When the city council late last month approved a $450 million predevelopment agreement with Epicenter of League City LLC to deliver four or more new hotels and a convention center to the city, it raised, for some residents, unpleasant memories of public-private partnerships the city had forged in recent years, including the sports complex Big League Dreams and the incentives dangled to lure Cabela’s, a retailer of hunting, fishing and camping gear.
City officials, who were already contemplating a bond election, should have brought the agreement to the voters, said Chris John Mallios, a League City resident.
But, despite resident concern, city officials argued they did do their due diligence before the council approved the predevelopment agreement in October.
The city in May hired Washington D.C.-based Brailsford & Dunlavey for an initial $49,600 to study the feasibility of the project, said Sarah Greer Osborne, spokeswoman for the city.
“I thought the staff did a great job preparing us to make a good decision,” Mayor Pat Hallisey said. “Residents want drainage and roads, but we are going to need additional sources of tax revenue. This is going to be it for the future.”
League City officials argue that this agreement for a $450 million project that could bring four hotels, a convention center, arenas for a hockey and a baseball team, restaurants and shops, among other businesses, alongside Interstate 45 is not like other recent agreements.
Residents in the days since the vote have questioned the move, asking what incentives the city offered developers and citing frustration with recent deals such as one that brought Nebraska-based Cabela’s Wholesale Inc. to the city.
The city in 2015 inked two agreements in that deal. One was a so-called 380 agreement under which the city will reimburse developer Pinnacle Fund Alliance up to $9.3 million over 15 years. The reimbursement will be paid from the sales tax revenue generated by the Cabela’s store and the other new retail at Pinnacle Park, 2471 Interstate 45. The city also agreed to pay Cabela’s $825,000 directly.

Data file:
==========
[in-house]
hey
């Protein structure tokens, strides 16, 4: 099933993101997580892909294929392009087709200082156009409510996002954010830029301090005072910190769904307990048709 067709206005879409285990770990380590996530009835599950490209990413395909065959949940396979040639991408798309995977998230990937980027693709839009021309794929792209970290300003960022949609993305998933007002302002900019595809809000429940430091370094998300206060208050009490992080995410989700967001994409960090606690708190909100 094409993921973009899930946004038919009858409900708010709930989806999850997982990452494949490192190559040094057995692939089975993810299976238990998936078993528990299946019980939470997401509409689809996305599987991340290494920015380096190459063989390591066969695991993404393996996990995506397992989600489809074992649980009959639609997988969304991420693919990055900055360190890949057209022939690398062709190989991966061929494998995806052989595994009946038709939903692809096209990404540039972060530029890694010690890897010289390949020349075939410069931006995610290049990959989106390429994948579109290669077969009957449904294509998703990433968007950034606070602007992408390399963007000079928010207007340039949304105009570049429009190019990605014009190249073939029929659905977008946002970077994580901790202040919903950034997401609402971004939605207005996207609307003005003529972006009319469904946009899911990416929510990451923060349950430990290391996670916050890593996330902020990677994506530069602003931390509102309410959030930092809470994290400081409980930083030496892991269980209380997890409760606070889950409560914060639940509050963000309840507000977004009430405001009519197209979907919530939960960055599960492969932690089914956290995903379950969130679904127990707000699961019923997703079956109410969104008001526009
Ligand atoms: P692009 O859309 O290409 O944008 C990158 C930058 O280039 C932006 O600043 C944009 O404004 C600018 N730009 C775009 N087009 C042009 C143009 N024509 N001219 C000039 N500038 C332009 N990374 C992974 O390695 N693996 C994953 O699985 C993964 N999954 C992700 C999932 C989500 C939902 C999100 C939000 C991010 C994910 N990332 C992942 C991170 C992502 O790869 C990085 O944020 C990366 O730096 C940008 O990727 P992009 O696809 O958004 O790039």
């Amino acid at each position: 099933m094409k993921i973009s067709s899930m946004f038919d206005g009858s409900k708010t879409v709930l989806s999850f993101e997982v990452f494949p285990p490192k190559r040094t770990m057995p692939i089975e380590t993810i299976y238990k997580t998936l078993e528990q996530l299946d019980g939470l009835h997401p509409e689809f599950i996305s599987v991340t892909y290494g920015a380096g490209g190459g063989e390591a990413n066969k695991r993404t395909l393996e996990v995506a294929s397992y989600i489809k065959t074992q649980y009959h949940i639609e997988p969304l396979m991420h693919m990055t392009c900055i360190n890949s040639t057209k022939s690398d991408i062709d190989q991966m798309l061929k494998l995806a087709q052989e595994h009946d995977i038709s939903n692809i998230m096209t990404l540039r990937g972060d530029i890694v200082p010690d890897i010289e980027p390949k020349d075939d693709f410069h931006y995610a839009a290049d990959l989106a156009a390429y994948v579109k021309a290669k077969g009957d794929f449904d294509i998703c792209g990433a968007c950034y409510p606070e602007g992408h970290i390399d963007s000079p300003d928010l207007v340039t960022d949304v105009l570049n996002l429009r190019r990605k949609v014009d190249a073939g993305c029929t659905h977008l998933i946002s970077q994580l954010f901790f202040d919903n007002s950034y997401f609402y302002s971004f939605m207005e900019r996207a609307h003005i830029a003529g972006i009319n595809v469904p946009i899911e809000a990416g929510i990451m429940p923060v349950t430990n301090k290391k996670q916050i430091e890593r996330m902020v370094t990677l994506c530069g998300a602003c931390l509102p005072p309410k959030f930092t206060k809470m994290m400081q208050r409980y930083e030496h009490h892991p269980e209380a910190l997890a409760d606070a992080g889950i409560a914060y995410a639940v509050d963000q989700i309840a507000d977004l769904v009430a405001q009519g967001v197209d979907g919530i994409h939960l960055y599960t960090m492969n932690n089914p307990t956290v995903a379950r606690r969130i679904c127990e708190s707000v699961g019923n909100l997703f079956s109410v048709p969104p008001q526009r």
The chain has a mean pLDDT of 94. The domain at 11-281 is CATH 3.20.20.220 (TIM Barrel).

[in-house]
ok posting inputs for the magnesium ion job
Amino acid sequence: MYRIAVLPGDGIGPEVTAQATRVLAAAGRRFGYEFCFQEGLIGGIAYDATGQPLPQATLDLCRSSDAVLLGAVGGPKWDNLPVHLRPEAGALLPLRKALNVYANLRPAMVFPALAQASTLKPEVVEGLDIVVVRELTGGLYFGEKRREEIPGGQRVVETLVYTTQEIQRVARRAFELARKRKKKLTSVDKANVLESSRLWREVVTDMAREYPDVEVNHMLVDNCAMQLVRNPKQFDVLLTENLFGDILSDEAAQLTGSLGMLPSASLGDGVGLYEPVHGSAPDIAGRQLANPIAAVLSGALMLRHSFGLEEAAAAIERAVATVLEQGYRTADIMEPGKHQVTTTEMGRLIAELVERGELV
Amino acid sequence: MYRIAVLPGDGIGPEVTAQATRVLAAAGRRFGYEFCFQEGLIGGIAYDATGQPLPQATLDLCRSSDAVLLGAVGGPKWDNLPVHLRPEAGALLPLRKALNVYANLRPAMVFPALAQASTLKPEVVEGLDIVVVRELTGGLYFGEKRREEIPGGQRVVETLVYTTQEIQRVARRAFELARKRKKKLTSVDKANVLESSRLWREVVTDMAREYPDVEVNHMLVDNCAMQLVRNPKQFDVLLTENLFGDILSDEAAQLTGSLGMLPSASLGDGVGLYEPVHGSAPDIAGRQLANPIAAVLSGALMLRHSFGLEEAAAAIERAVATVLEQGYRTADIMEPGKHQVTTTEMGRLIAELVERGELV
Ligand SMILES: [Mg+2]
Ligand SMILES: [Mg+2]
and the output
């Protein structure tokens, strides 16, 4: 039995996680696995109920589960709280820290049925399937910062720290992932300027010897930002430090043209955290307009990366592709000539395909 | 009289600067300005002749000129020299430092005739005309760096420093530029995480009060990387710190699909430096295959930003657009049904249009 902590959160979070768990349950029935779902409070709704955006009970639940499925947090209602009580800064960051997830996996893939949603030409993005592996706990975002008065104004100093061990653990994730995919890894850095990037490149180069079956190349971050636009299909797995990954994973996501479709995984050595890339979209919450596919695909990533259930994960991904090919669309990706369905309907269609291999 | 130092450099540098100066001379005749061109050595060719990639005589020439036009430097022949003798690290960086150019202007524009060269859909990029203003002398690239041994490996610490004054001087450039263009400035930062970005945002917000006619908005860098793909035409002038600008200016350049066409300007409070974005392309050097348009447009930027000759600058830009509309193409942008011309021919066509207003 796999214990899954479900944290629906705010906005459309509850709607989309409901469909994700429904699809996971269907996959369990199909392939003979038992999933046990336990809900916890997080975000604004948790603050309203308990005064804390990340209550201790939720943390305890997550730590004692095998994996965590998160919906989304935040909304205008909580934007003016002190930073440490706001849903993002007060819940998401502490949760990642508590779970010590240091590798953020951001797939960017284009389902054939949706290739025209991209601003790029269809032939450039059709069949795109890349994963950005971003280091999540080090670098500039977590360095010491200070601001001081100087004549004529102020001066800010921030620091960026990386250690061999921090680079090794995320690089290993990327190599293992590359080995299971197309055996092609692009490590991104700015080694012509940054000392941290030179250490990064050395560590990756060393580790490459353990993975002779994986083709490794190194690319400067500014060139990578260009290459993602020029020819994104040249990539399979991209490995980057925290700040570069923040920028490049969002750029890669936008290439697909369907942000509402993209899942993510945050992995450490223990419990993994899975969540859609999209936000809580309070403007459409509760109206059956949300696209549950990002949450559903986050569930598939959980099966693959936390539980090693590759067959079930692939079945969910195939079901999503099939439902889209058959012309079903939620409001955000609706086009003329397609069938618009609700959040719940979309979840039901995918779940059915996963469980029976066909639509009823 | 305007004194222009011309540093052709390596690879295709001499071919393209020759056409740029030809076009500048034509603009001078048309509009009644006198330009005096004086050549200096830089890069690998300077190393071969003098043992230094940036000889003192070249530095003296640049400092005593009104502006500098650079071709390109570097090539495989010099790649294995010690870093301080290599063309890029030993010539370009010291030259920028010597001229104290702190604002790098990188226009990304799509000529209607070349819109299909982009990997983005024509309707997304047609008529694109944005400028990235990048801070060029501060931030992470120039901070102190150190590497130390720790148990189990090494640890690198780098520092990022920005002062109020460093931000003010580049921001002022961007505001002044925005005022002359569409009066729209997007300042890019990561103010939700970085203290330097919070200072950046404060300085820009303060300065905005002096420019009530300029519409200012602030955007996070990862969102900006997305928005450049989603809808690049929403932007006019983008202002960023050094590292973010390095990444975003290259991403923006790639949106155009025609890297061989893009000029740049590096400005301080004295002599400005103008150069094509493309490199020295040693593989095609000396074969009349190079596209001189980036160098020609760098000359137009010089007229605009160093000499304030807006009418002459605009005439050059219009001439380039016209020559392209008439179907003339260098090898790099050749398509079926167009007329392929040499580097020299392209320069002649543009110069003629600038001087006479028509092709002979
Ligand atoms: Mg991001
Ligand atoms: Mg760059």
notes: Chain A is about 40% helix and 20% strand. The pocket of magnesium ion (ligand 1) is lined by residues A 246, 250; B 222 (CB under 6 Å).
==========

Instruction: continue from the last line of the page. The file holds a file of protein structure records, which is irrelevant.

The city also borrowed $19 million to build Big League Dreams, which is a city-owned series of fields and a soccer arena. In the arrangement, Big League Dreams manages the complex. The venue, which opened in 2005, was championed by promoters as an economic development boon for the city. But, it faced cost overruns because of rising material costs, among other issues.
But, thanks to the potential structure of the agreement and the city’s demographics, the $450 million project is deemed viable, according to the Brailsford & Dunlavey report.
League City hired the advisory firm to assess the feasibility of the proposed project, its potential benefits for residents and review financial statements to ensure reasonable cost and revenue projections, along with ensuring the development group’s ability to fund the project, company officials said.
Unlike some previous developments, this one won’t be paid for with tax money or other city funding, according to a city spokesman.
Rather, city officials will provide some benefits via House Bill 2445, a piece of legislation that went to the governor May 30, 2017, and was approved without his signature June 15, 2017, amending Chapter 351 of the Texas Tax Code.
The bill will allow League City to pledge the state’s portion of hotel occupancy taxes to help fund tourism-related improvements, such as a convention center, entertainment-related convention center facilities or hotel infrastructure.
Also as part of the agreement, the developer would fund the design and construction of a new, larger sportsplex for the city on the growing western side of town on about a 100-acre site near the Bay Colony subdivision, replacing the current Chester L. Davis Sportsplex.
The current sportsplex sits on prime real estate along Interstate 45 that would one day house the new development.
The developer would then enter a 99-year lease for the land, allowing the city to keep ownership of the property, Hallisey said.
“The city has taken care to shield itself from various forms of risk associated with the development,” advisory officials said in the report. “The project is being funded entirely through the private development partner’s equity and debt and will not require any capital outlay from the city.”
The city in September paid the advisory group another $32,000 to help create the predevelopment agreement and will eventually pay a third price for the actual development agreement, Greer Osborne said.
But the developer will reimburse the city for all those costs if an agreement is reached, she said.
Some questions remain and things could change between now and when a final agreement is signed, but for now the deal looks to be a good one for the city, Hallisey said.
Now that the city has reached a predevelopment agreement, staff members will work with the developer over the next several months toward a development agreement to be finalized perhaps by the end of January, officials said.
Once a final development agreement is signed, construction could begin as soon as 30 days later, officials said.